There were certainly times when it felt as though The Human Landscape would never be finished but here it is, in all its sepia-tinted glory. Yet its creation proved too much for one member: long-term drummer Dave Roelofs left the band over the summer after relocating to Coventry and finding the lengthy commute just too much of a strain. Cue latest addition Rohan Jordan-Shah, who quite literally made his live debut at Summer’s End. “It was only after he auditioned that he told us he’d never played with any musicians before!” laughs Blu-Sky.
 
Their new drummer is a self-taught classical pianist who had contacted Alex White to help him learn how to read music. However, his background is in progressive and death metal, which could add some interesting nuances to their second album. “I’ll try not to jack up the tempo a bit too much!” laughs Jordan-Shah. “They’ve set me a blank canvas but I’m trying to play a bit more like Dave at the moment because that’s what fits with the album but the next one should be different. I’m used to working with odd time signatures, metric modulation and all that so I think it’ll be a bit of a challenge to shift things in a different way.”
 
Next on the agenda is to start booking gigs for the New Year and they hope to get out onto the continent as well. Then it’s time to knuckle down to album number two. “One of my hopes is that the next one will be more band-orientated,” Huw Lloyd-Jones reveals. “This one has been written from a writer’s perspective rather than a performer’s... it’ll probably have a heavier edge to it as well. If we find an audience for it, then that’s great but if we don’t, it’s a bunch of lads getting together and making music because they enjoy it.”
 
The Human Landscape is out now. Visit www.untous.com to order online.
 
The album was on progstreaming shortly after its release, and the band played at the 2012 and 2013 Summer's End festivals in Gloucestershire UK. I just assumed this addition would have been taken care of via the collab zone...But no - nothing found on progfreak at all just now.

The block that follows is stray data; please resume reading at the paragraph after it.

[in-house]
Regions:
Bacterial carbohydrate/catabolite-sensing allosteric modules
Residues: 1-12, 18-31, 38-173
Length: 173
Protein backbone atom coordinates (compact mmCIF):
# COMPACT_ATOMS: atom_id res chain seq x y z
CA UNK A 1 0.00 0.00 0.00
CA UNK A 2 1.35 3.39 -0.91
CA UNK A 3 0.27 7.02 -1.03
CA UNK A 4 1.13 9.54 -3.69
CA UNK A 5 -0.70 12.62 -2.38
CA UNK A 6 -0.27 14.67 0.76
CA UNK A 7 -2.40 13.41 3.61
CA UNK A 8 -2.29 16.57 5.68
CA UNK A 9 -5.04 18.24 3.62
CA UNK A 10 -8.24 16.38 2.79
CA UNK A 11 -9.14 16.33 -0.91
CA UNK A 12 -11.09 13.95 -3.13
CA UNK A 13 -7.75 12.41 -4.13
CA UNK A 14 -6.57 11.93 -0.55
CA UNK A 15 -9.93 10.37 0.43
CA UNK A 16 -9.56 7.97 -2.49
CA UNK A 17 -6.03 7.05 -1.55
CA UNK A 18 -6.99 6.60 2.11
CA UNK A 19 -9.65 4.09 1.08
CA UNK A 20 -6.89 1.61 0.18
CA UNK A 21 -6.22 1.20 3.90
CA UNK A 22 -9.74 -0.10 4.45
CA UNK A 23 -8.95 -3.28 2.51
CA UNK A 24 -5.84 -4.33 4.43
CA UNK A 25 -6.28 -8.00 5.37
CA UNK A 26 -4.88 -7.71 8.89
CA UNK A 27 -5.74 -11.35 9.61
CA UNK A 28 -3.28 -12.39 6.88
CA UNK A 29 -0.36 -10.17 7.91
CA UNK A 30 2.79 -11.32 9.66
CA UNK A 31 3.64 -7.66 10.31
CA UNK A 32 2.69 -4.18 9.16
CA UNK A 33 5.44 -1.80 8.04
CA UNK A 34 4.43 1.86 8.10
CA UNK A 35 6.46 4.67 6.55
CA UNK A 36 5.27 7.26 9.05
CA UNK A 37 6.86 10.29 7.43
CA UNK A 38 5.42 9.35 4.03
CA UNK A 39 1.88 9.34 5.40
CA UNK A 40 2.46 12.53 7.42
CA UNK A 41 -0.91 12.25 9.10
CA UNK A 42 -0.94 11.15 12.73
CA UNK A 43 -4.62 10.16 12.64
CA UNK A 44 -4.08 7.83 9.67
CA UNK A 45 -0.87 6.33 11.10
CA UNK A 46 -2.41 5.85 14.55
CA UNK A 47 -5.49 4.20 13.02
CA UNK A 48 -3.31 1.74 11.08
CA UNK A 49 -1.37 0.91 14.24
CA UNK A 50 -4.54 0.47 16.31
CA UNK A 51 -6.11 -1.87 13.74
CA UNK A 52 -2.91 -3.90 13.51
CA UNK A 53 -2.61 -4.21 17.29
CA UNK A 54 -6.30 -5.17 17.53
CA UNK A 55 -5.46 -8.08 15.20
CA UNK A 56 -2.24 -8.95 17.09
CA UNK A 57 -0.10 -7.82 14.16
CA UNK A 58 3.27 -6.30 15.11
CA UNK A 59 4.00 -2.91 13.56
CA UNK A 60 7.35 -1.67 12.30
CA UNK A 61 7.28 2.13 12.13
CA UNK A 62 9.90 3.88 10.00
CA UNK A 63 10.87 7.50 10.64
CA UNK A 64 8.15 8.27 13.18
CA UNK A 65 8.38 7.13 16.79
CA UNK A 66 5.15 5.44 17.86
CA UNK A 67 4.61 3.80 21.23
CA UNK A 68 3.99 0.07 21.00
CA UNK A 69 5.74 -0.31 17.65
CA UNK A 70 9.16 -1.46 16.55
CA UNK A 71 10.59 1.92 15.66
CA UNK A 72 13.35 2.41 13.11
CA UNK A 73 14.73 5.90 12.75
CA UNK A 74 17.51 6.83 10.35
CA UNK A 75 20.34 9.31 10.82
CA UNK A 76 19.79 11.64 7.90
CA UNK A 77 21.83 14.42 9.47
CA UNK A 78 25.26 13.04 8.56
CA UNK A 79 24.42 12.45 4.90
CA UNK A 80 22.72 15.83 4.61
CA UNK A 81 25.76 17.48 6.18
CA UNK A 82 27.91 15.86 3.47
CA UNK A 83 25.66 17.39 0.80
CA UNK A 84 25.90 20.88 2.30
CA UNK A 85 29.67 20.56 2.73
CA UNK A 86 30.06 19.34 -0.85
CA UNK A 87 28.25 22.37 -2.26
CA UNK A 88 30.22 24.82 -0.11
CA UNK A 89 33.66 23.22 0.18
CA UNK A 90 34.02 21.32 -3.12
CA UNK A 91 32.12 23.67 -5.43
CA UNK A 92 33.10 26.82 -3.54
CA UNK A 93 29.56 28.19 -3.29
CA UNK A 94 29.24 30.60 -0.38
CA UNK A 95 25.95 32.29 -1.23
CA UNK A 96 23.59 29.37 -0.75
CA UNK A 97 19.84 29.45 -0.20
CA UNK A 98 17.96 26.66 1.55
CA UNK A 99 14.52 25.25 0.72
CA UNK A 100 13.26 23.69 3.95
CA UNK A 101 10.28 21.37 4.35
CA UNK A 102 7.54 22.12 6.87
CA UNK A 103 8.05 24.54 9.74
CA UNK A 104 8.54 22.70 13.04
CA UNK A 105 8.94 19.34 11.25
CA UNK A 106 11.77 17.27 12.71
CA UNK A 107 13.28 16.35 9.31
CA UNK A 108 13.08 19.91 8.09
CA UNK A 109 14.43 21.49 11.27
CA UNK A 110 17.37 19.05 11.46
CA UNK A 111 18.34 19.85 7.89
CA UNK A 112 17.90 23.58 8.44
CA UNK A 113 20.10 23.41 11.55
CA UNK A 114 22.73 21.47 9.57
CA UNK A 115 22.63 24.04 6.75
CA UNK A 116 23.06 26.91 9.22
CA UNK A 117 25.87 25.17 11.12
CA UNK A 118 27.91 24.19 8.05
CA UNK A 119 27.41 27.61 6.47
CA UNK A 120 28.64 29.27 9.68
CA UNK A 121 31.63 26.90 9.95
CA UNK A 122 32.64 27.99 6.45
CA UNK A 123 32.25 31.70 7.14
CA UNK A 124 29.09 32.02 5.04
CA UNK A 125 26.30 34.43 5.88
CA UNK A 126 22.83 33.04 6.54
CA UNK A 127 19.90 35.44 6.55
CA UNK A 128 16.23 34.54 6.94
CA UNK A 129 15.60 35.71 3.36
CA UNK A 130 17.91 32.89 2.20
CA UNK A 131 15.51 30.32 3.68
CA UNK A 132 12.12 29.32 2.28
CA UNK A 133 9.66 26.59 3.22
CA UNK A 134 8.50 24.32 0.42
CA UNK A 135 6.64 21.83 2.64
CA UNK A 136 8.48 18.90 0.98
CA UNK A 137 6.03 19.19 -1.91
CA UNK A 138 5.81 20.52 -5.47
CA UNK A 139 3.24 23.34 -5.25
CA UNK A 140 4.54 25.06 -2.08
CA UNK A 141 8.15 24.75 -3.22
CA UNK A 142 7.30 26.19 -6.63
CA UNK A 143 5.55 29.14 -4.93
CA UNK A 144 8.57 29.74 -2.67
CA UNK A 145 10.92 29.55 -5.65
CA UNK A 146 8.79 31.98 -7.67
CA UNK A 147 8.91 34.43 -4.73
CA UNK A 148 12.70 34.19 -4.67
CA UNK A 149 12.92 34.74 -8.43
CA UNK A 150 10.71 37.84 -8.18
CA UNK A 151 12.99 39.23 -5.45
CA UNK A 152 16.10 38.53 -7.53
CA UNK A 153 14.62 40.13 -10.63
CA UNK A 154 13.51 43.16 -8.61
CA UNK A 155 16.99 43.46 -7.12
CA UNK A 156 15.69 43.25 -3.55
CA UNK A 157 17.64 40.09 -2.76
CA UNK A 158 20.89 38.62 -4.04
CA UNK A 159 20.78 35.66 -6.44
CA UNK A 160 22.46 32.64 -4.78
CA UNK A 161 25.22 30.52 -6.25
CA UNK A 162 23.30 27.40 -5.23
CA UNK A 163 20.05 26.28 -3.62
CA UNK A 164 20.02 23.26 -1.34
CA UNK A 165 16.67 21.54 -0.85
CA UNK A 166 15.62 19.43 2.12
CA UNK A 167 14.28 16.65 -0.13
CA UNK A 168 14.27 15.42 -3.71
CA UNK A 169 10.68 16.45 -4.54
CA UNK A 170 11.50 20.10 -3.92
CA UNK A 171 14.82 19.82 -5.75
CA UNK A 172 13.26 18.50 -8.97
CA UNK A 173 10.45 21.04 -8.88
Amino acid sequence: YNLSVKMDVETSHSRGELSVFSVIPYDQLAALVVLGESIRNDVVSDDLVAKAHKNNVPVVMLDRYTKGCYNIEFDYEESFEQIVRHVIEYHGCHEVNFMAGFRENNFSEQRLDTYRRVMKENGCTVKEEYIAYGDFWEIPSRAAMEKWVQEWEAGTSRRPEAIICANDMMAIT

Thank you Yam Yam. I like to know your oipnion about them. I can't found then in Prog Freak and I think they are a Prog Rock band. 
Back to Top
O666 View Drop Down
Forum Senior Member
Forum Senior Member
Avatar

Joined: September 20 2009
Location: TEHRAN-IRAN
Status: Offline
Points: 2306
Post Options Post Options   Thanks (0) Thanks(0)   Quote O666 Quote  Post ReplyReply Direct Link To This Post Posted: January 14 2015 at 12:00
Originally posted by Svetonio Svetonio wrote:

^ Thank you Yam Yam.
At Reverbnation they are published one song tiltled These Four Walls  that it's fromThe Human Landscape the album.
A great crossover prog IMO.
100% AGREE.
Back to Top
kev rowland View Drop Down
Special Collaborator
Special Collaborator
Avatar
Crossover Prog Team

Joined: November 18 2005
Location: New Zealand
Status: Offline
Points: 1718
Post Options Post Options   Thanks (0) Thanks(0)   Quote kev rowland Quote  Post ReplyReply Direct Link To This Post Posted: February 01 2015 at 17:14
The Apple Zed have been added to PA, while Unto Us will soon get there as well as they have been cleared by Crossover
If everytime we tell a lie a little fairy dies

They must be building death-camps in the garden


Back to Top
 Post Reply Post Reply
  Share Topic   

Forum Jump Forum Permissions View Drop Down

Forum Software by Web Wiz Forums® version 11.01
Copyright ©2001-2014 Web Wiz Ltd.

This page was generated in 1.010 seconds.